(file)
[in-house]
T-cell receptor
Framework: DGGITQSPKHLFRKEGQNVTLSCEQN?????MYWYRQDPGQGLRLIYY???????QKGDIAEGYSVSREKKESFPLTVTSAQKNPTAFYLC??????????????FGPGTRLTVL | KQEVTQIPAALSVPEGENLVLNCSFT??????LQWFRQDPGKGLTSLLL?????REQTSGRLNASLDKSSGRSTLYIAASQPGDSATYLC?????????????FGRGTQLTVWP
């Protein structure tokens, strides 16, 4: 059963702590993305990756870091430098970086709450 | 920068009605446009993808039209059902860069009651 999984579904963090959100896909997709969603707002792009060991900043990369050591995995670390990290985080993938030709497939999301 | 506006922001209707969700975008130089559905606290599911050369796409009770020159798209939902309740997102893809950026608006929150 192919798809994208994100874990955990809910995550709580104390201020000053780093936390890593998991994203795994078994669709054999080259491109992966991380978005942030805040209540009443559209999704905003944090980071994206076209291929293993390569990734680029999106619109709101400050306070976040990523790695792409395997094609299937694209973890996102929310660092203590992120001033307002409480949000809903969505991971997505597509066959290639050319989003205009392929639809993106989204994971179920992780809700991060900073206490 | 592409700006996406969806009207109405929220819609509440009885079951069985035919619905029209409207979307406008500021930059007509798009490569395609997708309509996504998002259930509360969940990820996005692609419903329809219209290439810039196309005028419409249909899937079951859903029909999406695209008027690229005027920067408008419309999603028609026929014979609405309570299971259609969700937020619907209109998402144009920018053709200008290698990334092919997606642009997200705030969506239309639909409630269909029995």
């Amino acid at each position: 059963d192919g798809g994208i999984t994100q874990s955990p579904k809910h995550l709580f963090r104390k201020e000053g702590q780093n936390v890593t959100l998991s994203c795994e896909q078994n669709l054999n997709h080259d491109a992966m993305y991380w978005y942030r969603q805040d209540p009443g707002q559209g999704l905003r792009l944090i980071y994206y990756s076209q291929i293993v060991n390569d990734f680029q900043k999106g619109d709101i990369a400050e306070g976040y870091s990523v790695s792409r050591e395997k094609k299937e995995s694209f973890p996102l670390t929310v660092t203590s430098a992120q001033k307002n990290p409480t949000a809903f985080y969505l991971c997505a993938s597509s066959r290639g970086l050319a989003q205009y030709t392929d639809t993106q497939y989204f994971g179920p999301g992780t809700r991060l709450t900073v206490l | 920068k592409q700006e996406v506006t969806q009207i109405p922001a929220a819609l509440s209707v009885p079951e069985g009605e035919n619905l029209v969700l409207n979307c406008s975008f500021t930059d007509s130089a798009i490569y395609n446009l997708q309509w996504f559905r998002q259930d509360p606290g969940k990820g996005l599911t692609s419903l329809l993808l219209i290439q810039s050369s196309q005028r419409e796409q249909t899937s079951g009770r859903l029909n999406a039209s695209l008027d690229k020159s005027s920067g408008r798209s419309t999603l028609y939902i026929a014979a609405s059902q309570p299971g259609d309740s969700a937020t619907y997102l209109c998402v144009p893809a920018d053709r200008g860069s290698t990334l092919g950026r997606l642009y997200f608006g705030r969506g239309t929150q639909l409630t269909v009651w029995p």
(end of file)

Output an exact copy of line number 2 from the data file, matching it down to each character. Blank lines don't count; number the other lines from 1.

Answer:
T-cell receptor